Faith Roberts’ Banner Canvas is a virtual museum of the history of industrial canvas sewing.
By Jim Tarbox
A first-time visitor to Faith Roberts’ Banner Canvas shop in Ham Lake, Minn. (just north of Minneapolis), might be excused for taking an initial look around and being amazed at the array of equipment and supplies. But as fabricators know, out of such seeming chaos beauty emerges. And Roberts—a certified Master Fabrics Craftsman—has an armful of awards to prove it. She’s also a certified Industrial Fabrics Manager.
Typical of canvas shops everywhere, her space—a 4,000 square-foot pole barn she purchased in 1995, disassembled, moved some 10 miles to its current location, and put it all back together—is filled with the usual collection of seemingly countless rolls of fabric lining the walls and atop and surrounding her gigantic 24- by 8-foot sewing table (which she built); zippers here, bags of grommets there (all within easy reach); a dust-covered stereo cranking out country music; and a hot-pink Snap-on toolbox, one of only two that exist. In the middle of the room is a fishing boat draped in canvas awaiting attention. And assistant Kevin Keiser is busy at one of the table’s built-in machines.
But the highlight of the sprawling room is Roberts’ collection of 20 sewing machines, some dating to the early 1900s. They all work, and she uses them all. And not just for marine fabrication: Roberts has been invited to bid on work for the National Football League’s Super Bowl, she has accepted assignments from defense contractor Lockheed Martin for air diverters on Tomahawk and Cruise missiles, and she recently created some “vehicle covers” for the Minneapolis Police Department’s K-9 unit.
As is the case with many fabricators, Roberts came to the industry indirectly. After receiving a degree in apparel design and working for Munsingwear in the Twin Cities—she also spent five years making bridal gowns—she returned to the Twin Cities and got a temporary job with a family of Russian immigrants who started their business in 1912; they bought old rags and made bags. (Situated near the north end of the Mississippi, Minneapolis’ history is built on the milling business.) The temp work turned into steadier contract work, and when the third generation of the family turned to practicing law a year later, she bought the business and its assets, including the machines.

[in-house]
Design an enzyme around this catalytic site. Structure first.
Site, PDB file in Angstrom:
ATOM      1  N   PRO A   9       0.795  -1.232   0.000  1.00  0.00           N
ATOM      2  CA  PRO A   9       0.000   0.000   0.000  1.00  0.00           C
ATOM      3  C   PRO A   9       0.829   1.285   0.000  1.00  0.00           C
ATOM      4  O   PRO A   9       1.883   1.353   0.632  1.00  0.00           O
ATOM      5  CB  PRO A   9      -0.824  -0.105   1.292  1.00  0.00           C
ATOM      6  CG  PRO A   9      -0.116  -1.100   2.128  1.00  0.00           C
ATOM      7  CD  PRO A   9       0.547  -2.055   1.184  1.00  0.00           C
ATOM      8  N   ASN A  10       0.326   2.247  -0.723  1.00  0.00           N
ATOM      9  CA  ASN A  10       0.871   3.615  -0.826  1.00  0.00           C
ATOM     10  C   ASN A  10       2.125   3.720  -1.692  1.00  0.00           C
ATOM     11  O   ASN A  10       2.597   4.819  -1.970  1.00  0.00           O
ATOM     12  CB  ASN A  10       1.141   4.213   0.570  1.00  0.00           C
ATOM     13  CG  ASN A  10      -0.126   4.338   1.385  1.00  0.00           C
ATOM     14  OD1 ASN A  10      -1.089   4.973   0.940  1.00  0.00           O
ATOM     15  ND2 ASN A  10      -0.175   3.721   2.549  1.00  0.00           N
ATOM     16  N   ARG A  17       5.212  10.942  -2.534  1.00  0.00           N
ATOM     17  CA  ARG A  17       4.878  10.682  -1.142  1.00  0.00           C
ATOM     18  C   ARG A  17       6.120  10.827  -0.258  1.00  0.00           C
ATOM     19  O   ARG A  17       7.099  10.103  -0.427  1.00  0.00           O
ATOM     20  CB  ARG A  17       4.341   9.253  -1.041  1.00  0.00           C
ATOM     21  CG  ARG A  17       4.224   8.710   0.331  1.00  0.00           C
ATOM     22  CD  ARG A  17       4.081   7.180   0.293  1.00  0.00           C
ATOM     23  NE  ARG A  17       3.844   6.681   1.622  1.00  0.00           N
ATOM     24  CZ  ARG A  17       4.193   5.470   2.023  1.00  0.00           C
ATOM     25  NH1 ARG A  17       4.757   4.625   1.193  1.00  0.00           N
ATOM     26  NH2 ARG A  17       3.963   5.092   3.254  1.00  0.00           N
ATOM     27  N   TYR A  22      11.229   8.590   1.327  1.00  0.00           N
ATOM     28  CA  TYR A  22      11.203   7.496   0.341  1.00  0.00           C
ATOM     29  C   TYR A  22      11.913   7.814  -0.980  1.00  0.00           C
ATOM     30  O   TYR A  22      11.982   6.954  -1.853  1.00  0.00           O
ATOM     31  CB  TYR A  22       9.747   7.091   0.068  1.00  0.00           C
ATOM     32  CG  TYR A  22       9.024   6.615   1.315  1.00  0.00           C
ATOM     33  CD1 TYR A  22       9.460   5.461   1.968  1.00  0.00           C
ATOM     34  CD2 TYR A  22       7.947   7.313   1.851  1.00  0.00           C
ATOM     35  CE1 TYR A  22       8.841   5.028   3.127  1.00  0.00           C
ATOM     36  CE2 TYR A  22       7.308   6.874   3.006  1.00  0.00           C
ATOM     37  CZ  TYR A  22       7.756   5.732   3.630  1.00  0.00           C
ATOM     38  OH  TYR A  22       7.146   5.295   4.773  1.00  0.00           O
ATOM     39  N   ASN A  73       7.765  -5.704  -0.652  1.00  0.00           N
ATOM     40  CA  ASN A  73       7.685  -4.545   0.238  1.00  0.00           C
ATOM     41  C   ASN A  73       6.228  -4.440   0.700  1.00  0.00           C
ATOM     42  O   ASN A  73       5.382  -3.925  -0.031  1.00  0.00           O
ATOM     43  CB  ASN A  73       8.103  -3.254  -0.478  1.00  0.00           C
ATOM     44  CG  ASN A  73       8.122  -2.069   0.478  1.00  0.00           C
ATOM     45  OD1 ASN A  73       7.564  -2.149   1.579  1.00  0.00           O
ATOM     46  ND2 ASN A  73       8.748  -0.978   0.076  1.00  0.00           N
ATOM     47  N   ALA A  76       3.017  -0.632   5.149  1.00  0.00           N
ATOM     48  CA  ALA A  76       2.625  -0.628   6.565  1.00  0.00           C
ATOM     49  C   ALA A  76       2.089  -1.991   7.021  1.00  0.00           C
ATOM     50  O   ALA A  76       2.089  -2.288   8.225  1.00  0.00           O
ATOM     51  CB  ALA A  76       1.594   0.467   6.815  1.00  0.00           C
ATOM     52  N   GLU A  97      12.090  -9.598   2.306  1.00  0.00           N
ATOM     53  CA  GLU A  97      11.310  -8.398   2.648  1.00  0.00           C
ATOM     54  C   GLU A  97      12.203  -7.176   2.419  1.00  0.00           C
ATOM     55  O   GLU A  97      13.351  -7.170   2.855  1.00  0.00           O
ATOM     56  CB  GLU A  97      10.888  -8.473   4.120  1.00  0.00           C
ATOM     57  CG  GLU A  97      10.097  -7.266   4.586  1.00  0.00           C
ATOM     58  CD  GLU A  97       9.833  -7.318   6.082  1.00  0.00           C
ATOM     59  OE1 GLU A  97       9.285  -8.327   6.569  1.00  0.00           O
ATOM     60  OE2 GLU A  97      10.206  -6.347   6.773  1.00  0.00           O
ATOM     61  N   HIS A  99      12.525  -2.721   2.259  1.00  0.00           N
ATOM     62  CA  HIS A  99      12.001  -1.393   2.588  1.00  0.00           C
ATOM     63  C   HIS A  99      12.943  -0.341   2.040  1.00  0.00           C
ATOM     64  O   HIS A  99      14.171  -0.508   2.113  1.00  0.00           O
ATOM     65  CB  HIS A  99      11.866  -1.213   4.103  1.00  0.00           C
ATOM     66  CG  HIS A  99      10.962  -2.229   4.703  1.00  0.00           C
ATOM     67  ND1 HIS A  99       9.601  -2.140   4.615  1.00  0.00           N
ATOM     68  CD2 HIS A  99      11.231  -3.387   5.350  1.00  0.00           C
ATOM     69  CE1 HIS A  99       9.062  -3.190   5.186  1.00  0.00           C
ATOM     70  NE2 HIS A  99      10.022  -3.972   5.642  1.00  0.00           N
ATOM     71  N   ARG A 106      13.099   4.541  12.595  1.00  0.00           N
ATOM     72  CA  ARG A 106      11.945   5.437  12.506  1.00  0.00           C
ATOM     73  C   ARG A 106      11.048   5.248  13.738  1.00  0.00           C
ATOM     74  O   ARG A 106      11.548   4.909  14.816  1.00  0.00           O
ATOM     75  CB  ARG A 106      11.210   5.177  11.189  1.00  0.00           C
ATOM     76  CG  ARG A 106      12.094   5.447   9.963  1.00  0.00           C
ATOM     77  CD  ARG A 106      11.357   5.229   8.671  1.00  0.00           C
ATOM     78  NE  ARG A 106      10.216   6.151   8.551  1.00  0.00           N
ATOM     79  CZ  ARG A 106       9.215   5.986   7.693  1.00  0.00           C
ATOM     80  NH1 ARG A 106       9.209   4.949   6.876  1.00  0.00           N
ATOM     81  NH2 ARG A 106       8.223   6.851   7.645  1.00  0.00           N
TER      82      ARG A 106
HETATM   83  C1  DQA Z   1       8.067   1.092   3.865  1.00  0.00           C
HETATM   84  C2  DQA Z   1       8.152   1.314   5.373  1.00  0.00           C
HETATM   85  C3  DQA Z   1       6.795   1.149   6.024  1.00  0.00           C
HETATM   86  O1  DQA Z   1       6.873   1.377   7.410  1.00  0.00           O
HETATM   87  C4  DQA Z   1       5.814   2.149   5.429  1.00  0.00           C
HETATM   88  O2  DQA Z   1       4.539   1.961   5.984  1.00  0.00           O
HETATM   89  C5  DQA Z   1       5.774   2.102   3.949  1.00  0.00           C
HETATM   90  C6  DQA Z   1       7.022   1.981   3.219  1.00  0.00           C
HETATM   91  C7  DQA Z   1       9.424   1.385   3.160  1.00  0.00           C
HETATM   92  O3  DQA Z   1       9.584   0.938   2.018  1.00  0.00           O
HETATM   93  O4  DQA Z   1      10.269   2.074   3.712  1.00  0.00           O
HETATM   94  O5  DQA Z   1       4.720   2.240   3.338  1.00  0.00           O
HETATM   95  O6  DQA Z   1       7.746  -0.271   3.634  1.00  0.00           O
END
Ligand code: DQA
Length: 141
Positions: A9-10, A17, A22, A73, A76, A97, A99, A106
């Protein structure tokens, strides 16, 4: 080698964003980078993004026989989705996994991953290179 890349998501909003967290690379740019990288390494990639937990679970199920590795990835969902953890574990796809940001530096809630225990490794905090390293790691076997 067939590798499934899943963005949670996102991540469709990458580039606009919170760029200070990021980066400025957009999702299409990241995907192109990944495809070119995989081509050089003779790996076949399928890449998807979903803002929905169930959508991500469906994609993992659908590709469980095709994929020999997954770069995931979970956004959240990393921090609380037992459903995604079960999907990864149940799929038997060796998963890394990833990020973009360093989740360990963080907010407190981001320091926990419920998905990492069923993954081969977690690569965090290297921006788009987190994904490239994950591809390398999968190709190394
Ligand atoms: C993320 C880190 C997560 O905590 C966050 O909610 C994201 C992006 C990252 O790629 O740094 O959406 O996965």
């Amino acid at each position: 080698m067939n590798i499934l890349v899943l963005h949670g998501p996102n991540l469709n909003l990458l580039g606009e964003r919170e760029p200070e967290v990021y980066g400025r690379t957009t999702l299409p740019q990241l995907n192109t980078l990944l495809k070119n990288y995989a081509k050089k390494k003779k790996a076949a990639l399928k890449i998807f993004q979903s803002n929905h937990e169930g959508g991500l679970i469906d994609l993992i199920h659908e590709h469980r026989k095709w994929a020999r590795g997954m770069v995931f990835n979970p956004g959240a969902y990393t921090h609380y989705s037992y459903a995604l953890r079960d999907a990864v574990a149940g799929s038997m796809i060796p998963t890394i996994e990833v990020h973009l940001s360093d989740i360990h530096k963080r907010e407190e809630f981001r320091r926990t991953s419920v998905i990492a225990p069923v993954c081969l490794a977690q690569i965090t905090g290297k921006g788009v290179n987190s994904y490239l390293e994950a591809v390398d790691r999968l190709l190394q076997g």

Though she wasn’t much into boats early in her career as a fabricator—Roberts initially concentrated on flags and banners; a supplier pointed her to IFAI, with which she was the first woman to chair what was then the banners, flags and graphics division—she gradually picked up more and more marine work. She worked with a consultant to learn about marine fabrication, and it is now her major focus. She does own a 22-foot Crestliner, but gets to use it only sporadically. She also tried her hand at developing a series of instructional videos, she said, but that effort “petered out.”
In addition to the machines she “inherited” when she bought the business, Roberts has obtained other machines she needs from shops going out of business and auctions.
Among her oldest machines is a Samson 38200 Union Special, built at the turn of 20th century. It’s a 200-plus-pound triple-needle behemoth that features a 30-inch arm and puller. She referred to it as an example of a “black head” machine, which generally describes machines built from the 1900s to the 1930s. “Gray heads” are machines built in the ’30s to ’50s, and newer machines are “white heads.”
While some of her machines serve only a single purpose—a Singer 107-V1 is used to sew edging on scalloped leather for awnings and boat-lift covers—others, even at 50 years of age, are pressed into service nearly every day. Roberts calls her Consew 226 with a reverse walking foot a “work horse.” And an open-arm Mitsubishi CU-865 from the early 1990s, with which she makes inflatable work baffles, paid for itself in six months.
Among other machines she’s proud to show off, Roberts takes particular pride in a humongous No. 3 Eyelet machine with tooling for No. 2 Plain Washer grommets that has been moved twice. She’s had to have welding repairs, and she does have a back-up that she bought at an auction. Then there’s the Brother LT2-B838 double-needle lock-stitch 3/8-inch gauge machine, an Adler 272 twin-needle lock-stitch 7/8-gauge used to hold down Velcro and webbing, and a Sundia EA4-975M used for edging so the fabric doesn’t unravel (it’s a machine used primarily on apparel).
Then there’s the Singer 144W-305 walking-foot lock-stitch big-bobbin unit that she used to stitch the binding on a marketing booklet she created for the Converse athletic-shoe company, a job she got through her contacts with the Minnesota Timberwolves professional basketball team, and a Singer 300-W205 chain stitch 1/2-inch-gauge with puller and double needle used to stitch feed bags.
Aside from those projects for Cruise and Tomahawk missiles, perhaps the most intriguing job Roberts has taken on was building portable cow barns and making veal-calf “cow pillows” for cattle ranchers. Minneapolis might like to refer to itself as the “Little Apple,” but it’s still a long way from the bright lights of New York City.
Jim Tarbox is editor of Marine Fabricator.